STAY TUNED for next week’s posts.

If you enjoyed this post, we invite you to register for The Displaced Dispatch, a round up of weekly posts from The Displaced Nation, with seasonal recipes, book giveaways and other extras. Register for The Displaced Dispatch by clicking here!

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Catching up with this year’s Random Nomads over the holidays (2/3)

RandomNomadXmasPassportWelcome back to the holiday party we are throwing for the expats and other global voyagers who washed up on our shores in 2012. Remember all those Random Nomads who proposed to make us exotic meals based on their far-ranging meanderings? Not to mention their suitcases full of treasures they’d collected and their vocabularies full of strange words… How are they doing these days, and do they have any exciting plans for the holidays? Second in a three-part series (Part One here).

The second third of 2012 brought quite an intriguing (albeit as random as ever) bunch of nomads our way — intriguing because most of them have had experience with spouses from other cultures, suggesting that the point made by one of their number, Wendy Williams, about the globalization of love has some validity. They are:

  • Wendy Williams, the Canadian who is as happy as Larry living with her Austrian husband and their daughter in Vienna.
  • Suzanne Kamata, an American writer who went to Japan on the JET program, married a Japanese man, and made her home on Shikoku Island.
  • Isabelle Bryer, a French artist who feels as though she’s on a permanent vacation because of landing in LA — she’s lived there for years with her American husband and family.
  • Jeff Jung, formerly of corporate America but now an entrepreneur who promotes career breaks from his new base in Bogotá, Colombia.
  • Lynne Murphy, the lovely lexicologist who landed in — I want to say “London” for the alliteration, but it’s Sussex, UK. And yes, despite not being the marrying type, she now treasures her wedding ring of Welsh gold!
  • Melissa Stoey, the former expat in Britain who, despite no longer living in the UK, has a half-British son and remains passionate about all things British.
  • Antrese Wood, the American artist who is busy painting her way around Argentina, having married into the culture.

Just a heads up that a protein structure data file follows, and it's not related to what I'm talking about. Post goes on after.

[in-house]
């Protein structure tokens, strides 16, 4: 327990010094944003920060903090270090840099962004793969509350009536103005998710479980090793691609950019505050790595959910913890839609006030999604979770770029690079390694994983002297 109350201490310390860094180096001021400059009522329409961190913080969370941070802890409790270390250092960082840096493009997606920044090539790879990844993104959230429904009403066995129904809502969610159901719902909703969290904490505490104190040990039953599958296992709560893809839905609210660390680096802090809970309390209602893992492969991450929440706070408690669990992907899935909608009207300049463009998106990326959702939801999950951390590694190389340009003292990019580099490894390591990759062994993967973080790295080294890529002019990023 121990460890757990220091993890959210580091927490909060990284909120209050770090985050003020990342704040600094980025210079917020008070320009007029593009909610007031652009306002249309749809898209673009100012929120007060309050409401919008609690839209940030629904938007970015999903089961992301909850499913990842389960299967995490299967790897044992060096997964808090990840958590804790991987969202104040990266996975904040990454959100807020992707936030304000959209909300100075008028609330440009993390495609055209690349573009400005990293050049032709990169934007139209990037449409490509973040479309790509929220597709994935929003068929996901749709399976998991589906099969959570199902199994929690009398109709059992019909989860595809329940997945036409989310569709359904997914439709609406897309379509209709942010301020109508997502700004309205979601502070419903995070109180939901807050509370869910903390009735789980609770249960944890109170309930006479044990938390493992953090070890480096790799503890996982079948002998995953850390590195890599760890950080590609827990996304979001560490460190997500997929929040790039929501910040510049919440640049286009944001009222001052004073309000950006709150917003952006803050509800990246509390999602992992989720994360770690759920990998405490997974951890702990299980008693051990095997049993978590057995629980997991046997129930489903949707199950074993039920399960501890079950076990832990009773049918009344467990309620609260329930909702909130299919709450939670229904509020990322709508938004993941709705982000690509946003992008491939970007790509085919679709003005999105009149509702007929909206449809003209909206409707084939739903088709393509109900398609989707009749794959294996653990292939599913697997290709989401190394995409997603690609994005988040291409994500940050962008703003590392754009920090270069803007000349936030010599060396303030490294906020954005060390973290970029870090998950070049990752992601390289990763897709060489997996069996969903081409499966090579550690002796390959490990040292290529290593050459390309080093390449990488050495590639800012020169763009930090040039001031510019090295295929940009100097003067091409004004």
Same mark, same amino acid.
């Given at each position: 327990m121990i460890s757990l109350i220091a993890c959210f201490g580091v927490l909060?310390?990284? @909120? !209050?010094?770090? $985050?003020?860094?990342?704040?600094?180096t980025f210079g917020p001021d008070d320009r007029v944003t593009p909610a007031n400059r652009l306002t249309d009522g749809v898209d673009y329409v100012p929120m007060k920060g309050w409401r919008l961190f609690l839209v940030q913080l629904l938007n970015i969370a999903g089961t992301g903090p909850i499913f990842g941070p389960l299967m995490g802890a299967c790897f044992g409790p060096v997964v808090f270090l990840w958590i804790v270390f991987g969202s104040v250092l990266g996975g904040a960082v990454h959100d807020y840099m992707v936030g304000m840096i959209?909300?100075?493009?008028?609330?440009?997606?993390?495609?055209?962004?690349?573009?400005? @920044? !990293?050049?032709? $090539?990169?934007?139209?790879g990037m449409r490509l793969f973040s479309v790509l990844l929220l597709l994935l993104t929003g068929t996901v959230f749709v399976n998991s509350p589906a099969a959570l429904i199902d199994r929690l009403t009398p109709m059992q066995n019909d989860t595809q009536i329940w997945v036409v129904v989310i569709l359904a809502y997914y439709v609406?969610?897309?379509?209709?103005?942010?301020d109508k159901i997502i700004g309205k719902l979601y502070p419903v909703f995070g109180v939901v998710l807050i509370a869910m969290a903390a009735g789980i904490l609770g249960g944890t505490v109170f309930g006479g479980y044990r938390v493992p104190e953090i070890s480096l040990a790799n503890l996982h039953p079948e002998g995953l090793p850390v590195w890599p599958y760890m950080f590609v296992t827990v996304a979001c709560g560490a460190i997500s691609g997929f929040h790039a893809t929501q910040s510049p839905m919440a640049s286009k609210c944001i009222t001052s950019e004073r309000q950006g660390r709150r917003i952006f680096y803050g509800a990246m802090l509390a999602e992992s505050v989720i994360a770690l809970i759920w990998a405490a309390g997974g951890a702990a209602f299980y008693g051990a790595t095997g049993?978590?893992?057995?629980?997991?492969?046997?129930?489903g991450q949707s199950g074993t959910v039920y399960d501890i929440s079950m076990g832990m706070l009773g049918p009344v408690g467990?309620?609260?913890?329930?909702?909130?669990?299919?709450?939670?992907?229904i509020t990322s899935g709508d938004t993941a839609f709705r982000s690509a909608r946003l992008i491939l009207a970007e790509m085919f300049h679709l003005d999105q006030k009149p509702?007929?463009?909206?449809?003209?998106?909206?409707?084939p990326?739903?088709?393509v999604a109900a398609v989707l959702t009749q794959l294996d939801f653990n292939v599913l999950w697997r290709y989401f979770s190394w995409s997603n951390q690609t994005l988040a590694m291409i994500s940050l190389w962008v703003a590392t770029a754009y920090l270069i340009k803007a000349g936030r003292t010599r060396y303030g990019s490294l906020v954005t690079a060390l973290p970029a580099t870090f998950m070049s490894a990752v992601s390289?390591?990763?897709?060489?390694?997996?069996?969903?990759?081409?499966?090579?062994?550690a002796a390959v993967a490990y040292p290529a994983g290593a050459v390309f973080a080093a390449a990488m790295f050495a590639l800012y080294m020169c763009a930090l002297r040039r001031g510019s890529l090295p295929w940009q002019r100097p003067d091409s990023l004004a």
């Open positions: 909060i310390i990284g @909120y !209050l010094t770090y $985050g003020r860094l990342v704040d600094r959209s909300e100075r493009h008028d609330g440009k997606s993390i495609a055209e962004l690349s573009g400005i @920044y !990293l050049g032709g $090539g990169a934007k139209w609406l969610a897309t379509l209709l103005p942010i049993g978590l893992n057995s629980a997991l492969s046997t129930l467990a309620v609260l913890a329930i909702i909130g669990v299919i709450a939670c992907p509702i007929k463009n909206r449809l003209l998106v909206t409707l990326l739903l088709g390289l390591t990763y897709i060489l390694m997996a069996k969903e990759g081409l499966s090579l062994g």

I’m happy to say that three of this esteemed group are with us today. What have they been up to since nearly a year ago, and are they cooking up anything special for the holidays?

Wendy_Williams1) WENDY WILLIAMS

Have there been any big changes in your life since we last spoke?
Yes, I’ve spent less time at my desk and more time travelling since the publication of my book, The Globalisation of Love. Given the title, I guess I should have expected it.

Where will you be spending the holidays this year?
Since I have “gone native” in Austria, I will be skiing during the holidays. Yipppeeee!

What do you most look forward to eating?
I most look forward to eating a Germknödel, which is a big ball of dough filled with plum sauce and covered in melted butter. Apparently, it has 1,000 calories and I savour every last one. If no one is looking, I lick the plate.

Can you recommend any books you came across in 2012 that speak to the displaced life?

  1. A Nile Adventure — cruising and other stories, by Kim Molyneaux — a light-hearted story of one family’s journey to and adventures in Egypt, both ancient and modern.
  2. Mint Tea to Maori Tattoo!, by Carolina Veranen-Phillips, an account from a fearless female backpacker — is there anywhere she hasn’t been?!
  3. Secrets of a Summer Village, by Saskia Akyil: an intercultural coming-of-age novel for young adults, but a cute read for adults, too.

Have you made any New Year’s resolutions for 2013?
More time with friends & family and more writing, the two of which are completely counter-productive in my case.

Any upcoming travel plans?
I am only happy when I have a plane ticket in my pocket so there are always trips planned. Didn’t René Descartes write, “I travel, therefore I am” — or something like that? The year will start with Germany, Ukraine, Spain and Canada.

SuzanneKamata_festive2) SUZANNE KAMATA

Have there been any big changes in your life since we last spoke?
I sold my debut YA novel, Gadget Girl: The Art of Being Invisible, about a biracial (Japanese/American) girl who travels to Paris with her sculptor Mom, to GemmaMedia. It will be published in May 2013. I was also honored to receive a grant for my work-in-progress, a mother/daughter travel memoir, from the Sustainable Arts Foundation.